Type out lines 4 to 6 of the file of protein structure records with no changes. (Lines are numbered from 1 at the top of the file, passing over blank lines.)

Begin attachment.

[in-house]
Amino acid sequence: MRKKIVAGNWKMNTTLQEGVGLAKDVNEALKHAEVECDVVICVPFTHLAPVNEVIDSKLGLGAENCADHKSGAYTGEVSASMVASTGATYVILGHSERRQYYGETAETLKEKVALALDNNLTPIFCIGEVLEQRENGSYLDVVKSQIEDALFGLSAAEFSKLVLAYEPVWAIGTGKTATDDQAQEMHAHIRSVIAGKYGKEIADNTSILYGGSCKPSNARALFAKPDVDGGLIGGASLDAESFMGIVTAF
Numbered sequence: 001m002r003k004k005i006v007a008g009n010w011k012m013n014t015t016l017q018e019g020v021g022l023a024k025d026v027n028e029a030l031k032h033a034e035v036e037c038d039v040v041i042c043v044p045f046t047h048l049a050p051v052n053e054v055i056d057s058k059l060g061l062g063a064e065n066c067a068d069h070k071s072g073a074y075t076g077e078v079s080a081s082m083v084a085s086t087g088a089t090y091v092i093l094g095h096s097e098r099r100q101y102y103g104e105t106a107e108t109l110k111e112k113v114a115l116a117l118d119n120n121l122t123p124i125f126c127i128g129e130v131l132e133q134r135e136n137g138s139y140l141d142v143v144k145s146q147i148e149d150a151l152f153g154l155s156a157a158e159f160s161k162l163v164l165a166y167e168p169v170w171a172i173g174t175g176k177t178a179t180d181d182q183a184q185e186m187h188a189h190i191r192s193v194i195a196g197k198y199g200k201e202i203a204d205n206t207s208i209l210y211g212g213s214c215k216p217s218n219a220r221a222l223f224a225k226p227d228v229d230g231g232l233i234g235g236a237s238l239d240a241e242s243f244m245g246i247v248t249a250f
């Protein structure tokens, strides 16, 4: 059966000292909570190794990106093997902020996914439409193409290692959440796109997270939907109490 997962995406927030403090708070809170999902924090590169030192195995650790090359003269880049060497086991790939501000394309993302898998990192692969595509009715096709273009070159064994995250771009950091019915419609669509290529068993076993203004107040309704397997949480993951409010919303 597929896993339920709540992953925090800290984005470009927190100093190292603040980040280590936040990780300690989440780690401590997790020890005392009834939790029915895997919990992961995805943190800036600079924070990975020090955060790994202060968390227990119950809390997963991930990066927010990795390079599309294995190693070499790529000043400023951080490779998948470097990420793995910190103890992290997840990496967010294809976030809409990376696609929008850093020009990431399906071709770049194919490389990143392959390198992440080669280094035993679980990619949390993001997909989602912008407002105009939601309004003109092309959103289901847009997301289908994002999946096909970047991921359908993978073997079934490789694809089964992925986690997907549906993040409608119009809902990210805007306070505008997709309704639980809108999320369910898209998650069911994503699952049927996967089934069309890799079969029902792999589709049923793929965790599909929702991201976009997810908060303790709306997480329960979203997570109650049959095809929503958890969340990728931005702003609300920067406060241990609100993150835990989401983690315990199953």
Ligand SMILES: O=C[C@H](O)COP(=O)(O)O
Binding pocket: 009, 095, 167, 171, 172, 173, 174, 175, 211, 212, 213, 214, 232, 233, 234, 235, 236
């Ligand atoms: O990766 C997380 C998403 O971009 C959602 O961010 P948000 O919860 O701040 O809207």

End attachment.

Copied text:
């Protein structure tokens, strides 16, 4: 059966000292909570190794990106093997902020996914439409193409290692959440796109997270939907109490 997962995406927030403090708070809170999902924090590169030192195995650790090359003269880049060497086991790939501000394309993302898998990192692969595509009715096709273009070159064994995250771009950091019915419609669509290529068993076993203004107040309704397997949480993951409010919303 597929896993339920709540992953925090800290984005470009927190100093190292603040980040280590936040990780300690989440780690401590997790020890005392009834939790029915895997919990992961995805943190800036600079924070990975020090955060790994202060968390227990119950809390997963991930990066927010990795390079599309294995190693070499790529000043400023951080490779998948470097990420793995910190103890992290997840990496967010294809976030809409990376696609929008850093020009990431399906071709770049194919490389990143392959390198992440080669280094035993679980990619949390993001997909989602912008407002105009939601309004003109092309959103289901847009997301289908994002999946096909970047991921359908993978073997079934490789694809089964992925986690997907549906993040409608119009809902990210805007306070505008997709309704639980809108999320369910898209998650069911994503699952049927996967089934069309890799079969029902792999589709049923793929965790599909929702991201976009997810908060303790709306997480329960979203997570109650049959095809929503958890969340990728931005702003609300920067406060241990609100993150835990989401983690315990199953």
Ligand SMILES: O=C[C@H](O)COP(=O)(O)O
Binding pocket: 009, 095, 167, 171, 172, 173, 174, 175, 211, 212, 213, 214, 232, 233, 234, 235, 236